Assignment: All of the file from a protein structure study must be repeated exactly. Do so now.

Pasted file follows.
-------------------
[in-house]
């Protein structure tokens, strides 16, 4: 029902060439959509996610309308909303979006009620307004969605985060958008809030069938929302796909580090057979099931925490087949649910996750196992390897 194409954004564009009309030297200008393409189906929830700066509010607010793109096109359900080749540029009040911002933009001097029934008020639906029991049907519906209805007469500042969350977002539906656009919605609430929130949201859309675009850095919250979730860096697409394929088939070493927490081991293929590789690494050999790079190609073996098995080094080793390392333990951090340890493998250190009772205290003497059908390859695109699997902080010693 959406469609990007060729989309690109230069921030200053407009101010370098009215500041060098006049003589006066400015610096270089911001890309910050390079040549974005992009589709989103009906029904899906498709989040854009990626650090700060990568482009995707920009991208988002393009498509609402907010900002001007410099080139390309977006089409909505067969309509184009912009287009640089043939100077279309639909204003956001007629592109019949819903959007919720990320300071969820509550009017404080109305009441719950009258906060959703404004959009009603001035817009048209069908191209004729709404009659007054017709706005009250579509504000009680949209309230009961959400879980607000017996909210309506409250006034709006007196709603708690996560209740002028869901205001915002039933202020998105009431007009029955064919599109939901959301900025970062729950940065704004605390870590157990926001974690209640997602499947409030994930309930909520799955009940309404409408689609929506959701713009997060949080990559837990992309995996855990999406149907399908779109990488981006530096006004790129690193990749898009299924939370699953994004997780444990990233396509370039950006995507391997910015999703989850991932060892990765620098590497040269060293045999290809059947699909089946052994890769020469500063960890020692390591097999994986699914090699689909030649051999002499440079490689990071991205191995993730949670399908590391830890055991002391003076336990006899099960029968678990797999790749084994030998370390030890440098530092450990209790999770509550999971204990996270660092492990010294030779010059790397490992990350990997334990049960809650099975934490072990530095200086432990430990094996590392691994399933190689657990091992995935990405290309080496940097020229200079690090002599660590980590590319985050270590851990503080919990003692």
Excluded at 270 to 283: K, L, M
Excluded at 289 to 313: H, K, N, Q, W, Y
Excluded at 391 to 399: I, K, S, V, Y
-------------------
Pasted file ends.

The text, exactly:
[in-house]
């Protein structure tokens, strides 16, 4: 029902060439959509996610309308909303979006009620307004969605985060958008809030069938929302796909580090057979099931925490087949649910996750196992390897 194409954004564009009309030297200008393409189906929830700066509010607010793109096109359900080749540029009040911002933009001097029934008020639906029991049907519906209805007469500042969350977002539906656009919605609430929130949201859309675009850095919250979730860096697409394929088939070493927490081991293929590789690494050999790079190609073996098995080094080793390392333990951090340890493998250190009772205290003497059908390859695109699997902080010693 959406469609990007060729989309690109230069921030200053407009101010370098009215500041060098006049003589006066400015610096270089911001890309910050390079040549974005992009589709989103009906029904899906498709989040854009990626650090700060990568482009995707920009991208988002393009498509609402907010900002001007410099080139390309977006089409909505067969309509184009912009287009640089043939100077279309639909204003956001007629592109019949819903959007919720990320300071969820509550009017404080109305009441719950009258906060959703404004959009009603001035817009048209069908191209004729709404009659007054017709706005009250579509504000009680949209309230009961959400879980607000017996909210309506409250006034709006007196709603708690996560209740002028869901205001915002039933202020998105009431007009029955064919599109939901959301900025970062729950940065704004605390870590157990926001974690209640997602499947409030994930309930909520799955009940309404409408689609929506959701713009997060949080990559837990992309995996855990999406149907399908779109990488981006530096006004790129690193990749898009299924939370699953994004997780444990990233396509370039950006995507391997910015999703989850991932060892990765620098590497040269060293045999290809059947699909089946052994890769020469500063960890020692390591097999994986699914090699689909030649051999002499440079490689990071991205191995993730949670399908590391830890055991002391003076336990006899099960029968678990797999790749084994030998370390030890440098530092450990209790999770509550999971204990996270660092492990010294030779010059790397490992990350990997334990049960809650099975934490072990530095200086432990430990094996590392691994399933190689657990091992995935990405290309080496940097020229200079690090002599660590980590590319985050270590851990503080919990003692």
Excluded at 270 to 283: K, L, M
Excluded at 289 to 313: H, K, N, Q, W, Y
Excluded at 391 to 399: I, K, S, V, Y